Back to the book; it’s difficult for me to talk about the social commentary Wilkie’s made without giving away the plot of the first half of the novel. And I would rather leave that for you to discover on your own. ;) But I will say that, unlike Gaskell’s Ruth or Dicken’s Oliver Twist, The Evil Genius wears its political opinions lightly. Wilkie made me feel the injustice, because the characters I’d come to love and identify with felt that injustice: there was nothing artificial or forced about it. He also created well-rounded characters; no one is ever entirely evil or entirely good, which I think made the book so much richer. I’ll leave you with a piece of dialogue from the book, in which I think Wilkie himself was speaking through a character:

“Say at once,” he answered, “that I know you to be a mortal creature. Is there any human character, even the noblest, that is always consistently good?”
“One reads of them sometimes,” she suggested, “in books.”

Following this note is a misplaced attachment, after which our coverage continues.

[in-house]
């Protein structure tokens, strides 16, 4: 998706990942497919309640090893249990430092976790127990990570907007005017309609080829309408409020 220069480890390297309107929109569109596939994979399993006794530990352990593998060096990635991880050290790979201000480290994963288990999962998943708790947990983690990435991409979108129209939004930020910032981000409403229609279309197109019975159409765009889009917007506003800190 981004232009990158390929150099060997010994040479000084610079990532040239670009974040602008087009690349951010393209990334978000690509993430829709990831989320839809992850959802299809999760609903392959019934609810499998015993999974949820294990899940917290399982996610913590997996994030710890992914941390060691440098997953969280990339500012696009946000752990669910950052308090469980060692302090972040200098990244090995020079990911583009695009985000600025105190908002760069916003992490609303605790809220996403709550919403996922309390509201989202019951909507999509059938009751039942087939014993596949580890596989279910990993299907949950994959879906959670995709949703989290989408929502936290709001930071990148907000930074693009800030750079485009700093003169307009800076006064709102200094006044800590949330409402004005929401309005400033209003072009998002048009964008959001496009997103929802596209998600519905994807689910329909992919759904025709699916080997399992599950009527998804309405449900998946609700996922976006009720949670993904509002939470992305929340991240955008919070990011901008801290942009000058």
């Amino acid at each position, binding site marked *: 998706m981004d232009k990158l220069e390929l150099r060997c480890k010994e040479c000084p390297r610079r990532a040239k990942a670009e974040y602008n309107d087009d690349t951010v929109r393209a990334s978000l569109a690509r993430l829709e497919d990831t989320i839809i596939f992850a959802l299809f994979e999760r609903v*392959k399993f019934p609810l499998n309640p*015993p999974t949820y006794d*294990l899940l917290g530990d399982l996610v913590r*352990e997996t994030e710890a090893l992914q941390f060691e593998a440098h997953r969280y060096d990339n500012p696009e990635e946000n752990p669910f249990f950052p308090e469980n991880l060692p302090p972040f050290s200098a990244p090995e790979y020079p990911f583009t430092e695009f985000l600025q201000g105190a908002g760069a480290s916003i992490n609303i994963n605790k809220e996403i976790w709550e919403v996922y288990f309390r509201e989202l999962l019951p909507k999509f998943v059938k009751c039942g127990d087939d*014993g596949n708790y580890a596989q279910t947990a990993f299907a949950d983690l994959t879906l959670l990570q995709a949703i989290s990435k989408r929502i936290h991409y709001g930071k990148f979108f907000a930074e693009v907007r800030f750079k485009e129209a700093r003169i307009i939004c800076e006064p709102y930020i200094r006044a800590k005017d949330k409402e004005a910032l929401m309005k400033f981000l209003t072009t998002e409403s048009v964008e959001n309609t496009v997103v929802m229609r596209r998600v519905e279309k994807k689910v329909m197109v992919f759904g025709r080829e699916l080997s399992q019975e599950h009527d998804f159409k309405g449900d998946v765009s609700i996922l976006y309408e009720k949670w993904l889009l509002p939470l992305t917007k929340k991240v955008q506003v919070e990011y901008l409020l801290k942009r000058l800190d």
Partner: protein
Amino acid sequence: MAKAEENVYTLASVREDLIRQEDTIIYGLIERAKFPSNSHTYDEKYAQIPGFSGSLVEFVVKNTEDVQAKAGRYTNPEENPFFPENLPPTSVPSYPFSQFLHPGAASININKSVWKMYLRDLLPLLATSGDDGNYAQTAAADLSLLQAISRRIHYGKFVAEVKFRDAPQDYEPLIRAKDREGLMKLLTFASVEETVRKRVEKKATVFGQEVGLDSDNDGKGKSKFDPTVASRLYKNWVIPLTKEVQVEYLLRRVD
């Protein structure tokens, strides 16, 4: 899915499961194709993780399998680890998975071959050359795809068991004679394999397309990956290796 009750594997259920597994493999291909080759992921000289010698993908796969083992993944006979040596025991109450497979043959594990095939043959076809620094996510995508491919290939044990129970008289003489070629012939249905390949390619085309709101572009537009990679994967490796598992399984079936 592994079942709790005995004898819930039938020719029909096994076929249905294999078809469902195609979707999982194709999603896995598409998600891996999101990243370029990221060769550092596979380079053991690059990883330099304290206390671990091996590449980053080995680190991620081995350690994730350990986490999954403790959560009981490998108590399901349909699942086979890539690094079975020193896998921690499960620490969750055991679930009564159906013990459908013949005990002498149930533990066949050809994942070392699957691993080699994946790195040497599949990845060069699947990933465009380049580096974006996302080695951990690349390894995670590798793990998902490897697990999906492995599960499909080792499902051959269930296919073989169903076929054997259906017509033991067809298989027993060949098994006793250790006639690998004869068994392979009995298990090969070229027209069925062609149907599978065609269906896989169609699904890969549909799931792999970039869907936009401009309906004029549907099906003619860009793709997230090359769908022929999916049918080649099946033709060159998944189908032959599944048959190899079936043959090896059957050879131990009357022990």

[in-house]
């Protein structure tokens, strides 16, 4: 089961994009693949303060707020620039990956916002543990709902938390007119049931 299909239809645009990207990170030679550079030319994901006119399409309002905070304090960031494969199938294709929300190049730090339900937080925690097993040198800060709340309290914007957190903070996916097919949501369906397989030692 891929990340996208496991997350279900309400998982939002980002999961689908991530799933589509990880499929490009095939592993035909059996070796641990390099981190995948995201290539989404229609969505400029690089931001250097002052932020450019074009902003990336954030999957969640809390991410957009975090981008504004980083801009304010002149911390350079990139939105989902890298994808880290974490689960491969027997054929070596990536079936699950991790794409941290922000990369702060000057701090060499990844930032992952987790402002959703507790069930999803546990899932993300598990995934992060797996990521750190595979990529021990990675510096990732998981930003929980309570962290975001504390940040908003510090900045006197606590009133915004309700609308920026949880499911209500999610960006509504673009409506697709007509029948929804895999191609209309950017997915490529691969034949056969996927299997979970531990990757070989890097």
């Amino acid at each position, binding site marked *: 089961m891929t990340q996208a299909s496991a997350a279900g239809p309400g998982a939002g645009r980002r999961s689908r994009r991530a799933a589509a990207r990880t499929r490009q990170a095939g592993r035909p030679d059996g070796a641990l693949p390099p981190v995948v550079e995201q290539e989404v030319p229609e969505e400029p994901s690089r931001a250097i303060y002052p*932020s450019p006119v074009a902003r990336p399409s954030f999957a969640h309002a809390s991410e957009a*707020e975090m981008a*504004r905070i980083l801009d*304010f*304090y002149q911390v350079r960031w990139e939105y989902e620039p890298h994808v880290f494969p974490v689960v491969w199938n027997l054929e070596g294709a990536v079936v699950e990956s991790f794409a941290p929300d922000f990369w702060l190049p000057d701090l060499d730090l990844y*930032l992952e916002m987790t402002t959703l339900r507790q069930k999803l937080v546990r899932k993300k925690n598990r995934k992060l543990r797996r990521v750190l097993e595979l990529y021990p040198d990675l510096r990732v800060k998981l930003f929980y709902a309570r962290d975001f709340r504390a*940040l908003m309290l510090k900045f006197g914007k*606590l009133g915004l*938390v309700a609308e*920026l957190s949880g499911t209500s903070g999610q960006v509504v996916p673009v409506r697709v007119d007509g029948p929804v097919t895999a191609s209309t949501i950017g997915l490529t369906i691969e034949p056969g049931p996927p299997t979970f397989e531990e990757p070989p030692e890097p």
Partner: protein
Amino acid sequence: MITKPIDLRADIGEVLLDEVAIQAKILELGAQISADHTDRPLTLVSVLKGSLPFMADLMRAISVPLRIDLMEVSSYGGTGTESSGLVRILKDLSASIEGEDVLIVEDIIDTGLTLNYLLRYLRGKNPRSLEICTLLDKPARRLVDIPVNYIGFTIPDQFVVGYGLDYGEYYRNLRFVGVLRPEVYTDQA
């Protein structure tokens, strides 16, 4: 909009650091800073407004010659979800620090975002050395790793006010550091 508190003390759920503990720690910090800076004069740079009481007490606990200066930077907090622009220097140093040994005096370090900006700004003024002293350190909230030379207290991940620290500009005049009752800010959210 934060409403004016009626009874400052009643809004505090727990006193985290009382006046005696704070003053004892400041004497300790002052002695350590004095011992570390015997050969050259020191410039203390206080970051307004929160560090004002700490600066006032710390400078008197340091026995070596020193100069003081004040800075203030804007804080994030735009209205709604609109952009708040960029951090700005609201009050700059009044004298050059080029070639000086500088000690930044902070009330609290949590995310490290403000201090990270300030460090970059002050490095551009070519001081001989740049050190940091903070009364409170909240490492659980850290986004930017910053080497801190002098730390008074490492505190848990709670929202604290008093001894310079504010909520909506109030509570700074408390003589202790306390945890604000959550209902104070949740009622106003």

“Yes,” he said. “In the worst books you could possibly read-the only really immoral books written in our time.”
“Why are they immoral?”
“For this plain reason, that they deliberately pervert the truth. Claptrap, you innocent creature, to catch foolish readers! When do these consistently good people appear in the life around us, the life that we all see? Never!” 

You say it, Wilkie! ;) While The Evil Genius is out of print, I was able to read it from my local library. There are cheap editions to be found at online used book sites and, if you have an ereader, you can get it for free from Project Gutenberg. If you’ve been curious about Wilkie but don’t want to commit to one of his chunkier novels, I think this could be a fun introduction.

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51 Comments leave one →
  1. December 14, 2010 4:14 am